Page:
Category Archives: Recipes

Nettles and Nips~Brambles and Breezes~Blowing, Breaking and Binding

My Breakfast nook view, with flowers from outside my cabin
My Breakfast Nook view, with flowers from outside my cabin, and some brambles in the background!

My fingers sting from the nettles I collected. The nettles grow everywhere here, like the grass and the blackberries and the miscellaneous brambles. My definition of a bramble is:

a combination of berry vines of some kind, nettles, other twisty plants or wild roses with thorns and, of course, mischievous faery folk

There are a lot of brambles hereabouts. I was very careful with the nettles. I know they are good food, really good food. They can be eaten if you cook them or dry them. To get them to that place, first you have to cut and prepare them, which means you will be stung, some, even if you are wearing gloves and long sleeves, at some point the nettle will collect her payment, either when you harvest her or when you prepare her for eating.

This is as it should be.

“The Universe is a Green Dragon,” by Brian Swimme is a book I read that was given to me by a nun, named Dolores, who was a sociology teacher at Humboldt State University. The book is a beginning physics primer. It is physics for those just beginning on the journey of wondering about how the universe dances and how energies move about in that dance. In that lovely tiny, thin, little book is a discourse about how everything has a cost or energy signature.

There is no VOID or something without nothing. All things have a cost so to speak. It is not about how many coins you deposit in the hand of the vendor, but just that even if you do not see the vendor, or the hand, or if you think plants don’t have feelings, or you cannot see the energetic signature of violence; they are all still there, the invisible hand waiting for your coin, the plant saying, okay, you want me, here is the cost.

Now, those nettles were free, kind of. I’m on retreat in Ireland. I paid money that I saved up for ten years to be here for three months in this cabin with electricity, a view of green trees, grass, brambles (replete with Fey Folk), clouds that move across the sky so fast that the words fickle and fey must originate here. This means the weather changes every ten minutes or so. It’s been sunny and glorious about ten times today, but it’s also poured rain, been fiendishly windy and amazingly quiet and calm. Anyway, back to the nettles, which I didn’t pay anyone for with cash.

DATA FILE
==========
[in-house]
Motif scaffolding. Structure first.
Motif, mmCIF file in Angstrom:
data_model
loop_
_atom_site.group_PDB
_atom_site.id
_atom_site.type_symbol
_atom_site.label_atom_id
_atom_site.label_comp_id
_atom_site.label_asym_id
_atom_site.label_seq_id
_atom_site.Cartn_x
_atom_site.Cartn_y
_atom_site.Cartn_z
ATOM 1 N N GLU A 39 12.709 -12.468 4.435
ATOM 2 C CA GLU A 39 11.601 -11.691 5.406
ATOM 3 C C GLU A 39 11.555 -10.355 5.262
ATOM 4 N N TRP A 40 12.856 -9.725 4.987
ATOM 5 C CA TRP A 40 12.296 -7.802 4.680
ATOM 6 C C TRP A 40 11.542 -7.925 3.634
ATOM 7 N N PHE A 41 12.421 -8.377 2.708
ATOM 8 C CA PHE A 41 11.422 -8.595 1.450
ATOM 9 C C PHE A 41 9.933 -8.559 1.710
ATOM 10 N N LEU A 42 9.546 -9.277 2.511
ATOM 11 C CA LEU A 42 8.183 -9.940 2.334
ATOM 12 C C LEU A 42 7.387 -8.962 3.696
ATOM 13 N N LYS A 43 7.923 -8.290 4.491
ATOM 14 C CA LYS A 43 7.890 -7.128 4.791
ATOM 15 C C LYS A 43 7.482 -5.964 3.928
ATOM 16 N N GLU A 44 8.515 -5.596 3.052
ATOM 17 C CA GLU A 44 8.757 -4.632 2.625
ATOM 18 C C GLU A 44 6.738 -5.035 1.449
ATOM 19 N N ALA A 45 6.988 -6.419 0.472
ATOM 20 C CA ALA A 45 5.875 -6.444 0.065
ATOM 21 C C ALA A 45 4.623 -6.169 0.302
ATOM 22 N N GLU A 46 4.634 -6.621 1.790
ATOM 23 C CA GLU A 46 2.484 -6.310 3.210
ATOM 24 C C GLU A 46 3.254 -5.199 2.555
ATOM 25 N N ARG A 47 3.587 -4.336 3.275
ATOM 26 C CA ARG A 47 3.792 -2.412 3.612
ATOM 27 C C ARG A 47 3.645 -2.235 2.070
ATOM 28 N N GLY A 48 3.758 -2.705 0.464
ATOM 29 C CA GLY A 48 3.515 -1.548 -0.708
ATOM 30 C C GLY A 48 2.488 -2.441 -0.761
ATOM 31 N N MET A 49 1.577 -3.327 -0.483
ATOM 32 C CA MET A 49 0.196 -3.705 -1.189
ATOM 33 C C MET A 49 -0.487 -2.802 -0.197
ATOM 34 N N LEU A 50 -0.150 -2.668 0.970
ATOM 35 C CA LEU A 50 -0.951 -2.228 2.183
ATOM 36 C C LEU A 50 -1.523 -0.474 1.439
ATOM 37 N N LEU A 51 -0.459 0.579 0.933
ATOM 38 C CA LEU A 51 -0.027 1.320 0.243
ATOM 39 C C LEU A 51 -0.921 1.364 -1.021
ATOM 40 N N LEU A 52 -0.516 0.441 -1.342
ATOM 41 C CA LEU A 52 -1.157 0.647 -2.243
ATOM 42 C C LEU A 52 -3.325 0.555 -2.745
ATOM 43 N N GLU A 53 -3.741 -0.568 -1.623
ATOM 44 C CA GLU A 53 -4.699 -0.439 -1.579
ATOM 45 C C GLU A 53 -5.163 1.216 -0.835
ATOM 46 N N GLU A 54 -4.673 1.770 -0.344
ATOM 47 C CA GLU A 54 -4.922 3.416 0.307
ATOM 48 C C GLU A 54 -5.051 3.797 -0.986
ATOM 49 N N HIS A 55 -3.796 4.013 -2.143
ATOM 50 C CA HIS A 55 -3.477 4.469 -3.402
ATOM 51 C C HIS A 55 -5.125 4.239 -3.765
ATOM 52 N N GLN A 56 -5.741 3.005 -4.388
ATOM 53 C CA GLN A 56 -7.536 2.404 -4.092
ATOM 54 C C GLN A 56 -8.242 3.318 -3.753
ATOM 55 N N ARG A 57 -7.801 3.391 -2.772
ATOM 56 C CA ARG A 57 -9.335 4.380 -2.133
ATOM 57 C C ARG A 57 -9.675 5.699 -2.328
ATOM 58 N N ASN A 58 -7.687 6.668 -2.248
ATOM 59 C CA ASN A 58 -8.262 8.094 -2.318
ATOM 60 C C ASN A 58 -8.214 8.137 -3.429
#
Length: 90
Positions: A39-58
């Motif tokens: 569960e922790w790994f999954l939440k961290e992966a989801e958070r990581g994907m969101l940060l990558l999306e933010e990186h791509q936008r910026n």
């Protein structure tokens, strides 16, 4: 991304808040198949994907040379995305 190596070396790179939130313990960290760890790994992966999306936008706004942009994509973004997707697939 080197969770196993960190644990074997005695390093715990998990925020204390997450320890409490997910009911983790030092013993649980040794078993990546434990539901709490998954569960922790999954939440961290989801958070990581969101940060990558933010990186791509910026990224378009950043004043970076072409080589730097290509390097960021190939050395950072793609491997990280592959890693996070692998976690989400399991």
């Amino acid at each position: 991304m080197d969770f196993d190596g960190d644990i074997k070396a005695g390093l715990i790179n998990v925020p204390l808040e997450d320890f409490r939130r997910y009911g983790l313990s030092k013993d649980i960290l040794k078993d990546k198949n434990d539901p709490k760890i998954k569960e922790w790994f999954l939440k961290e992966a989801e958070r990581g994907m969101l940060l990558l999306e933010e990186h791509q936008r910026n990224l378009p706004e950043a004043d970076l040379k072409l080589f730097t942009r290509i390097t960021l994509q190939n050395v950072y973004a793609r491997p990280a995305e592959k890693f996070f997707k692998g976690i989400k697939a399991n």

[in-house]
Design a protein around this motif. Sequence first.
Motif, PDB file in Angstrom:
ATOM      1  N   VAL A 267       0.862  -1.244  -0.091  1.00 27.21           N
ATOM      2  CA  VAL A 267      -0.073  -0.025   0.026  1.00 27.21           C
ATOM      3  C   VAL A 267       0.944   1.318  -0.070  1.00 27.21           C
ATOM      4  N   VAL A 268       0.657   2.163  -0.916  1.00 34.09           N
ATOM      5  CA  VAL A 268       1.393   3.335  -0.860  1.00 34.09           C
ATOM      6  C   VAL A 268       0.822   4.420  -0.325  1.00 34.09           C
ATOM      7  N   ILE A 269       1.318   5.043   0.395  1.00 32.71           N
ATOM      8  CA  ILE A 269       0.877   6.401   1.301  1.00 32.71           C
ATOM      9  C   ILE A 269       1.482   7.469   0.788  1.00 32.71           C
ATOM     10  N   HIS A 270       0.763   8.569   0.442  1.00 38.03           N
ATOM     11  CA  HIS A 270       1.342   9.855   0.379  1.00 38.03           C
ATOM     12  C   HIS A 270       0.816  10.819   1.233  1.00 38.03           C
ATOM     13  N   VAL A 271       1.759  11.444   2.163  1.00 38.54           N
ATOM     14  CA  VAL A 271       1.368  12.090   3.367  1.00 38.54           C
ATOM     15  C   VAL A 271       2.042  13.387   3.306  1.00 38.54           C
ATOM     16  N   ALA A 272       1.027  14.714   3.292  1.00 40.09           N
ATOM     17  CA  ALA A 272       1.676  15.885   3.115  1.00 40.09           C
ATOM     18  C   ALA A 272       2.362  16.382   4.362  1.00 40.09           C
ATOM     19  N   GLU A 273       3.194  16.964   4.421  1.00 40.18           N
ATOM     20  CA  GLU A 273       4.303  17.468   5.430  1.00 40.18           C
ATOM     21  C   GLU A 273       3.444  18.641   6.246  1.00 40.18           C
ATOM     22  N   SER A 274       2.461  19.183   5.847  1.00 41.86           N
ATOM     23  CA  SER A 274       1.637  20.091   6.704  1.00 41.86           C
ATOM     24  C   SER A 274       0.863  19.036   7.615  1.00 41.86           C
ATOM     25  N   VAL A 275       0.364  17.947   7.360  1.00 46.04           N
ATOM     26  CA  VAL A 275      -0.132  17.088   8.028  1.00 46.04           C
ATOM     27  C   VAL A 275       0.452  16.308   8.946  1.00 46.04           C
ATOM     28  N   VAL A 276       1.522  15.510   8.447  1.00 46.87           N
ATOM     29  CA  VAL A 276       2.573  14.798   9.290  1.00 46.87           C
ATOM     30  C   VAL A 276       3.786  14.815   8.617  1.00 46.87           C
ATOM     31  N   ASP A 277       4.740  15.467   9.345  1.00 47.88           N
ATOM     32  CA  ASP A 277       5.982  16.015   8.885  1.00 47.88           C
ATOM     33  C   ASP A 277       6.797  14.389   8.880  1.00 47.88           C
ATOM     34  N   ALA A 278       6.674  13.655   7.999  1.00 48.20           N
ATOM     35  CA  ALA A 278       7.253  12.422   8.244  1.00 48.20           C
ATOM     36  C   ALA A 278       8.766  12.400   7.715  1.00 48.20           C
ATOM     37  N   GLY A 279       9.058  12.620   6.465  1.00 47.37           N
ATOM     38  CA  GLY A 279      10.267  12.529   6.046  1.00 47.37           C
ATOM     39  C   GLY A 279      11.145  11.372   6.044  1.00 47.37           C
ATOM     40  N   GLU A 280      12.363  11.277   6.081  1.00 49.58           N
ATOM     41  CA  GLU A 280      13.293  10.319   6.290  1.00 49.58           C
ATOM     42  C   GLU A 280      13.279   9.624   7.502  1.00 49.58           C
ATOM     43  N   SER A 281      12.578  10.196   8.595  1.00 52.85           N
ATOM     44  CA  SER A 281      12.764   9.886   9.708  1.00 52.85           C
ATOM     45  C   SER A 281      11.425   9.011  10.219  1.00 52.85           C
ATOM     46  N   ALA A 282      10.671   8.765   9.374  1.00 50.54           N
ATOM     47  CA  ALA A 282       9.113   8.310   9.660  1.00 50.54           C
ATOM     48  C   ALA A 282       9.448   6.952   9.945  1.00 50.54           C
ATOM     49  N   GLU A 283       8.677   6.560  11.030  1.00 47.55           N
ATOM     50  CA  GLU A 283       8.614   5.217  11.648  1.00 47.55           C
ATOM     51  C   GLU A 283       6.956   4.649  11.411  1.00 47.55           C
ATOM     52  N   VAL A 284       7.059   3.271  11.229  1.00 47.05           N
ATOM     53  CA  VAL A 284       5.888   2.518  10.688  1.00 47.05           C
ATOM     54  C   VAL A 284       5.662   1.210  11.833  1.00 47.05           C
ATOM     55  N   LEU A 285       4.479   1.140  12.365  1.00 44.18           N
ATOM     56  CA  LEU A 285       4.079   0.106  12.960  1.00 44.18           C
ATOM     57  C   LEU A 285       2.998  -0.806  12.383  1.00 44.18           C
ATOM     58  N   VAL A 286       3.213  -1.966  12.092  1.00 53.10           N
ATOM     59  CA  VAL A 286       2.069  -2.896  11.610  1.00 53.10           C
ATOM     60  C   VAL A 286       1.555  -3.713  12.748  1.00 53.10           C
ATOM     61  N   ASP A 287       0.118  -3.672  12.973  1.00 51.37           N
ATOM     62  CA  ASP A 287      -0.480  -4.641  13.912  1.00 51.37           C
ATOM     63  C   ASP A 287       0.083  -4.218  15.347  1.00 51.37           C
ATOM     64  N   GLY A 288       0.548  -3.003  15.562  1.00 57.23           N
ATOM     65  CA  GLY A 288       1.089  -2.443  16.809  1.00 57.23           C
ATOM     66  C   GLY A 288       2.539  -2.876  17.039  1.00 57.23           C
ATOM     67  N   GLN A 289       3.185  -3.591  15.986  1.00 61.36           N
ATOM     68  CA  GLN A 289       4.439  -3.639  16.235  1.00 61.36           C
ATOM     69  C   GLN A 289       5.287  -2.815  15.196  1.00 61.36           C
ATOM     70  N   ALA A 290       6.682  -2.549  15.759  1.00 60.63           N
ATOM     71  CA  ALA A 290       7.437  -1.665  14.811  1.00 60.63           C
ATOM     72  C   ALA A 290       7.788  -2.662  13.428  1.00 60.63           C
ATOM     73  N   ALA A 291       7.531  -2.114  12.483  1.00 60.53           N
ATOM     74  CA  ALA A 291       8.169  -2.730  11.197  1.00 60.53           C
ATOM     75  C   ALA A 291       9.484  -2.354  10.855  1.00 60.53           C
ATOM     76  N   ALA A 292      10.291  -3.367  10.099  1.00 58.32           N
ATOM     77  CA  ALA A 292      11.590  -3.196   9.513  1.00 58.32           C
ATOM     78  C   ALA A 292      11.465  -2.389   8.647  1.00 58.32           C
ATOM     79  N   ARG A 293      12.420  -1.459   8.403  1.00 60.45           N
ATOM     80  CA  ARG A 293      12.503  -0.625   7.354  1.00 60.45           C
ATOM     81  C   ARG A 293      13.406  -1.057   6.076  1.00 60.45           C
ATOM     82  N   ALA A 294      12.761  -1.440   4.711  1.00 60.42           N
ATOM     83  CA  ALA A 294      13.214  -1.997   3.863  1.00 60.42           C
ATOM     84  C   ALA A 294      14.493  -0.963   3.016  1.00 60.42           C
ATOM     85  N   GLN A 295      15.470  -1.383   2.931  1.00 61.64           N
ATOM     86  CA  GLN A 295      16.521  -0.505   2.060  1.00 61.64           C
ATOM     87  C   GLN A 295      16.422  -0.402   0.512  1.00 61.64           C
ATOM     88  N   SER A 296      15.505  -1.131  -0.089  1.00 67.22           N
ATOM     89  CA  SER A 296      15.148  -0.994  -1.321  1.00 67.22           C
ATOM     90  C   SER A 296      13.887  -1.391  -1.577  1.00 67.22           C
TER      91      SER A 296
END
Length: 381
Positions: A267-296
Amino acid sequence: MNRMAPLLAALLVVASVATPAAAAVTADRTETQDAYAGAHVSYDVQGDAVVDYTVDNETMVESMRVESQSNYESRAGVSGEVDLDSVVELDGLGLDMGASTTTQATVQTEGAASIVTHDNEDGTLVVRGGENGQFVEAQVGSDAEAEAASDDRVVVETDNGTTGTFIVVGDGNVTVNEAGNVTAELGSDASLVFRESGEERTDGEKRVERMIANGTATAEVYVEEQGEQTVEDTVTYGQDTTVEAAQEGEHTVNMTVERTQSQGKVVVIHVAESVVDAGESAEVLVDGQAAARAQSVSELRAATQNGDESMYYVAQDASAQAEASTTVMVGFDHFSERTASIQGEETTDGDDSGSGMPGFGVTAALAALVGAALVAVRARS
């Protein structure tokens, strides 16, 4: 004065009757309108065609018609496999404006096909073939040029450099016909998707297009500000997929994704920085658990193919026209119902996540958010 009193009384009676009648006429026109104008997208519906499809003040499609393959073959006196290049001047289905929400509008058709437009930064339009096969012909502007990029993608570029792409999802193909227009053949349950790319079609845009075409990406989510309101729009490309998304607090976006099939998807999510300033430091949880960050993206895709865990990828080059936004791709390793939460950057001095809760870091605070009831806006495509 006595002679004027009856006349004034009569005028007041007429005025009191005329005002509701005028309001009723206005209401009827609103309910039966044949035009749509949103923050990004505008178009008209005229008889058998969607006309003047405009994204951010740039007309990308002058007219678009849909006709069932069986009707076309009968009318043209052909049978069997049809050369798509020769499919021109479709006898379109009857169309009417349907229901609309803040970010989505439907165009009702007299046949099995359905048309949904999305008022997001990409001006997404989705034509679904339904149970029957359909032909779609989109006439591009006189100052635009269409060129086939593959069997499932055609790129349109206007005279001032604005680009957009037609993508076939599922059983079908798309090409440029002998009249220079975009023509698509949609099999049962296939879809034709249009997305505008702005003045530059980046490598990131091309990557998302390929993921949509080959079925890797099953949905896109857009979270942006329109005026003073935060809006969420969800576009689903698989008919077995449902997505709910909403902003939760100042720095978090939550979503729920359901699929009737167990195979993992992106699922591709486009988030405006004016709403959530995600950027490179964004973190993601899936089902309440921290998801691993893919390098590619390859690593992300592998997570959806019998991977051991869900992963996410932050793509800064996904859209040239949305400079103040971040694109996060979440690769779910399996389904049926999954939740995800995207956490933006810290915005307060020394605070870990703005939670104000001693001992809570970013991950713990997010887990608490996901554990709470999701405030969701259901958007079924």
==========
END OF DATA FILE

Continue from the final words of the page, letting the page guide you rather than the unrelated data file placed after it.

The View when the sun isn't shining, which is most of the time, but I get to watch the clouds roll by and it's magnificent!
The View when the sun isn’t shining, which is most of the time, but I get to watch the clouds roll by and it’s magnificent!

Eating right, eating what is handy and nearby is a way of life for me. It’s not really optional at this point. I just gravitate towards what is local and at hand, like a magnet. This is, of course, with one very important exception; SPICES! I need them like a plant needs water and sun (see my previous post Hadi the Honeyed One and Lovely Lorena). In my defense, I think spices provide essential nutrients and vitamins, but that’s a stretch. They just make my life better and so besides spices, eating what is at hand or within my bio-region feels best.

Once I gathered the nettles, then I put them in a large bucket of cold water, stems and all, for their first soak. I wasn’t sure when they would stop stinging. I know they don’t sting once they are cooked, but it has been many years since I prepared them and I did so with either Aleta or Jolie Egert Elan of Go Wild Consulting, my herbalist and botanist beloveds, who made it look simple. Maybe they have some kind of agreement with the nettles and never get stung, but I think they actually also have mentioned getting stung. Now the sting of a nettle is a small thing, it’s like a tiny zing. It isn’t terrible, just piquant, sort of like something spicy! It does stay with you for a bit. It will remind you of its presence, the sting, every once in a while, like the feeling you get when your foot falls asleep, just every now and then a little zing.

So, after the first soak, I prepared another container of water. I picked up the nettles with a teaspoon strainer, you know the kind that clips open and shut and you put tea leaves in bulk inside of it. I am in this cabin, named after Clare of Assisi (for the Beloved Companion and Nun who was close with St. Francis of Assisi). In my lovely cabin, there are cooking utensils, but not like my kitchen at home. I couldn’t find any tong-like implements in my drawers, so I used the teaspoon grabbing one stem at a time out of the first bucket and holding it over the second. I then used the scissors with my right hand and clipped the individual leaves into the water for their second rinse. I wasn’t sure if the stems were edible.